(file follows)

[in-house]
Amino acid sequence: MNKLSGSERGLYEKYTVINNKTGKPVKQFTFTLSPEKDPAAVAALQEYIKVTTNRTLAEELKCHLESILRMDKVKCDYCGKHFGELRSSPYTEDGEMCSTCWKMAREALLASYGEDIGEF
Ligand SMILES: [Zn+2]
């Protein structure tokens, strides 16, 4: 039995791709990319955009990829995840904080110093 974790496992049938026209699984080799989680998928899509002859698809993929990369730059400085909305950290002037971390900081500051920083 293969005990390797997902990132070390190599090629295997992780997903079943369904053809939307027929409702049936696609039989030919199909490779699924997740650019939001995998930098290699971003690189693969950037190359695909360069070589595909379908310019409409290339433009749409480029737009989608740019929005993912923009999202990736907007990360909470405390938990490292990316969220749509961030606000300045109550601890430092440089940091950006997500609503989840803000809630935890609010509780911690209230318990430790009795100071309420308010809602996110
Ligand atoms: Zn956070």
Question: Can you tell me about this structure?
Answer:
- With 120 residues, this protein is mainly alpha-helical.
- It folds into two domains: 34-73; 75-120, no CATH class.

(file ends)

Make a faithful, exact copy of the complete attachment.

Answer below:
[in-house]
Amino acid sequence: MNKLSGSERGLYEKYTVINNKTGKPVKQFTFTLSPEKDPAAVAALQEYIKVTTNRTLAEELKCHLESILRMDKVKCDYCGKHFGELRSSPYTEDGEMCSTCWKMAREALLASYGEDIGEF
Ligand SMILES: [Zn+2]
């Protein structure tokens, strides 16, 4: 039995791709990319955009990829995840904080110093 974790496992049938026209699984080799989680998928899509002859698809993929990369730059400085909305950290002037971390900081500051920083 293969005990390797997902990132070390190599090629295997992780997903079943369904053809939307027929409702049936696609039989030919199909490779699924997740650019939001995998930098290699971003690189693969950037190359695909360069070589595909379908310019409409290339433009749409480029737009989608740019929005993912923009999202990736907007990360909470405390938990490292990316969220749509961030606000300045109550601890430092440089940091950006997500609503989840803000809630935890609010509780911690209230318990430790009795100071309420308010809602996110
Ligand atoms: Zn956070």
Question: Can you tell me about this structure?
Answer:
- With 120 residues, this protein is mainly alpha-helical.
- It folds into two domains: 34-73; 75-120, no CATH class.